Israel is reportedly planning to send its first delegation to Sudan next week for talks between the two countries on the normalization deal establishing diplomatic relations announced last month.
Quoting a source briefed on the provisional itinerary of the trip, Reuters reported that the delegation will leave Israel for Khartoum on Sunday.
Neither Israeli nor Sudanese sources would confirm the report.
On October 23, US President Donald Trump announced that Sudan would start normalizing ties with Israel with the two set to sign deals covering agriculture, trade, aviation and migration.
Sudan’s Foreign Ministry said at the time that Sudanese and Israeli officials would meet in the coming weeks to discuss a package of cooperation deals to “achieve the mutual interests of the two peoples.”
The normalization deal came after Trump said he was moving to remove Sudan from the list of state sponsors of terrorism. The delisting opens the door for Sudan to get international loans and aid. Sudan needs these to revive its battered economy and rescue its transition to democracy, following a popular uprising last year that led the military to overthrow longtime autocrat Omar al-Bashir.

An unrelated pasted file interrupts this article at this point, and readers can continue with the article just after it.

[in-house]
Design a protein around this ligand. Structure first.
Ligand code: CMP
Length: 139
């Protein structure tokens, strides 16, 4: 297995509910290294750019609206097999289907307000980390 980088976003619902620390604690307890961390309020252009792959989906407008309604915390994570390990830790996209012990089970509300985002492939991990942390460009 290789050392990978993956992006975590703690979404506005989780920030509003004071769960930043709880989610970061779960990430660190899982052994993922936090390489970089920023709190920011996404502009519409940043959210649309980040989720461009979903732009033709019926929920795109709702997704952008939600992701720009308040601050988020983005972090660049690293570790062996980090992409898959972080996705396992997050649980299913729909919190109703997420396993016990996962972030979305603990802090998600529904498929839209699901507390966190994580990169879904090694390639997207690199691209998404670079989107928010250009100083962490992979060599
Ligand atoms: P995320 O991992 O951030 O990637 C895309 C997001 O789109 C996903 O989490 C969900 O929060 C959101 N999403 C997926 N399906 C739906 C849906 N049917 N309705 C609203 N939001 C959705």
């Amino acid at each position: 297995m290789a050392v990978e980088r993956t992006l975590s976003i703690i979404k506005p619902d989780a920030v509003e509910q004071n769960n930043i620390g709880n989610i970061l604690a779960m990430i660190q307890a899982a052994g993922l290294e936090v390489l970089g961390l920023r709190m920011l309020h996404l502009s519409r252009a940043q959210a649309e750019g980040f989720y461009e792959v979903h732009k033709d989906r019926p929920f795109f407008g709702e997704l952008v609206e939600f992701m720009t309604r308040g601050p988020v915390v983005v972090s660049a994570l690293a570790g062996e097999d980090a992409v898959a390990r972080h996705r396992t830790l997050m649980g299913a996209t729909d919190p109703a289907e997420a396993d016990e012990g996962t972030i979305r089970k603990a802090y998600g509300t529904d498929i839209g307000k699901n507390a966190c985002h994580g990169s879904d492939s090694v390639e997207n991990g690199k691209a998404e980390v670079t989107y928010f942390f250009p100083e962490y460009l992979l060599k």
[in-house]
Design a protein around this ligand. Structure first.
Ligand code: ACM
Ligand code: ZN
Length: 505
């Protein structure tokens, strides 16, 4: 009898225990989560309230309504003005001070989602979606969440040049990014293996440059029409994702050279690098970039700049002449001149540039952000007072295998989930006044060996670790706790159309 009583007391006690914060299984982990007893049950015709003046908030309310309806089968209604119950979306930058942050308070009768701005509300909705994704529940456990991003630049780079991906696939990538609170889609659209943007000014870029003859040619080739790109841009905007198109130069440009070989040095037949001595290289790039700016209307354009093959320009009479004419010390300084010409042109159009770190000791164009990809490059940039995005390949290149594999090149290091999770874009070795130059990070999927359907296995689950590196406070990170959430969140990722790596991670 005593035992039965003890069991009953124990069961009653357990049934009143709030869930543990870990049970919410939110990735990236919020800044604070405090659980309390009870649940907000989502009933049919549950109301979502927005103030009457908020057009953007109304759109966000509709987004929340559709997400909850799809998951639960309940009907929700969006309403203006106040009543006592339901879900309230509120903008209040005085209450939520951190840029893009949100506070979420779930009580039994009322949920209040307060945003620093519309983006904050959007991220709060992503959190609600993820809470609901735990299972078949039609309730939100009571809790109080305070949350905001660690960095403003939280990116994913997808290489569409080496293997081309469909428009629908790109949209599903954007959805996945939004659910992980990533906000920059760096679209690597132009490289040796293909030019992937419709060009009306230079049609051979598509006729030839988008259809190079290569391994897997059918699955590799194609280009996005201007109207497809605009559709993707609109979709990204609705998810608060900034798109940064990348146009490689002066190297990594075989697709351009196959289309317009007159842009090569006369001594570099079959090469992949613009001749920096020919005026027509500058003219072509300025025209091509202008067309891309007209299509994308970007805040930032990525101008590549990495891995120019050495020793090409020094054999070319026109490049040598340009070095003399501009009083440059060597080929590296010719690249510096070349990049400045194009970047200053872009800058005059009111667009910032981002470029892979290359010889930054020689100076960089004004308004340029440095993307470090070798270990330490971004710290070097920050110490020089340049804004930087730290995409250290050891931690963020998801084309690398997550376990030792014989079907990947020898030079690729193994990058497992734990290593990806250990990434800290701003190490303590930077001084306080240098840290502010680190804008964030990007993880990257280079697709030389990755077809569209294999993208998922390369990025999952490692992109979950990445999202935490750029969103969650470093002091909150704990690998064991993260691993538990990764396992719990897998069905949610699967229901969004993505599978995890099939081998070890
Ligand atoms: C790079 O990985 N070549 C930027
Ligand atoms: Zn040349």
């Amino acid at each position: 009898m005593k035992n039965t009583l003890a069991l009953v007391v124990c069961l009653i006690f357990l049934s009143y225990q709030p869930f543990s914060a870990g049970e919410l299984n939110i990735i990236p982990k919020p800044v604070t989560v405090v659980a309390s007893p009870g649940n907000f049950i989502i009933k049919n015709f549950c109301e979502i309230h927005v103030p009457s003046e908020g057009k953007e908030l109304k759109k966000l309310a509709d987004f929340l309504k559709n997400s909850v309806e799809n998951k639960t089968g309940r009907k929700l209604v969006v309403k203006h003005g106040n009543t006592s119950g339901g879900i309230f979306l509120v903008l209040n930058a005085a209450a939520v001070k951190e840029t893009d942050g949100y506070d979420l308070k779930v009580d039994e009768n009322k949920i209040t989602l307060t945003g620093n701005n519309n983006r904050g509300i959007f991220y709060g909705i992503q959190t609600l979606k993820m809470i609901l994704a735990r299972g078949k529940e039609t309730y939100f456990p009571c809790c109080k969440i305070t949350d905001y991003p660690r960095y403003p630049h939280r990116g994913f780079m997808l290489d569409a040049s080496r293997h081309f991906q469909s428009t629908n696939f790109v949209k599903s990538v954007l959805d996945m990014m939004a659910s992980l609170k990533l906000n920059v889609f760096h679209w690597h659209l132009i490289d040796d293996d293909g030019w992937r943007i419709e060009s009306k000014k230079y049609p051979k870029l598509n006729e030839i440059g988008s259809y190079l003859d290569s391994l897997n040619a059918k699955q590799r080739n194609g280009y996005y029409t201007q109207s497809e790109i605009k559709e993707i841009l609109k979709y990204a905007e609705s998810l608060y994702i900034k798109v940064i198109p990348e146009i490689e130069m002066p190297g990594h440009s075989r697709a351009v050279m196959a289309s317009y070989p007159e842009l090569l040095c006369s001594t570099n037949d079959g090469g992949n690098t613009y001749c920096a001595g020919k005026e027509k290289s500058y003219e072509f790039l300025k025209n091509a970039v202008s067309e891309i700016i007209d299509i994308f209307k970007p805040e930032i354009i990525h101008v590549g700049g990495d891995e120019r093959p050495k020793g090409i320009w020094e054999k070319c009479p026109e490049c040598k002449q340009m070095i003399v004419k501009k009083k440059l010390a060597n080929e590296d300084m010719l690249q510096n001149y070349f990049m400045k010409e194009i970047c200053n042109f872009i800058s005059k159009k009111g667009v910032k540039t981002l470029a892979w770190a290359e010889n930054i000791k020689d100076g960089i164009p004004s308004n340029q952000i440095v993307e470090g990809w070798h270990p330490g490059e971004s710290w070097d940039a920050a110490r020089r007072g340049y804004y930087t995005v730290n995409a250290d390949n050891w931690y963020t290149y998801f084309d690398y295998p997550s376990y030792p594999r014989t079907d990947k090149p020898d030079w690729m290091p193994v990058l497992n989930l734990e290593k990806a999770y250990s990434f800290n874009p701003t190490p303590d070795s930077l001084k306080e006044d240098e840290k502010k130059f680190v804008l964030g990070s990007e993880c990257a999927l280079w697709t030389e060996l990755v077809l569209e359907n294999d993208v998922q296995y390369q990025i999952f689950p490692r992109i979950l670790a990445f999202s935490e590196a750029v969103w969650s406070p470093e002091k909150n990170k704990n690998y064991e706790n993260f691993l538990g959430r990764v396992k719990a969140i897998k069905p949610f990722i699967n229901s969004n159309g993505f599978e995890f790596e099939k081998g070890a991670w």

Sudan’s economy has suffered from decades of US sanctions and mismanagement under al-Bashir. The transitional government has been struggling with a huge budget deficit and widespread shortages of essential goods, including fuel, bread and medicine. Annual inflation soared past 200% last month as prices of bread and other staples surged, according to official figures.
Two days after the normalization deal was announced, Prime Minister Benjamin Netanyahu’s office said that Israel was sending $5 million worth of wheat to Sudan to help with the economic crisis.
“We are looking forward to a warm peace and are sending $5 million worth of wheat immediately to our new friends in Sudan,” the Prime Minister’s Office tweeted.
Israel and Sudan are also expected to discuss the fate of some 6,000 Sudanese asylum seekers currently in Israel, with Jerusalem reportedly having drawn up a proposal to send back refugees willing to return to their home country.
Asylum seekers from Sudan make up about 20 percent of the 33,000 African migrants currently in Israel.
Sudan is the third Arab state to signal a willingness to normalize ties with Israel this year as part of US-brokered deals, following the United Arab Emirates and Bahrain.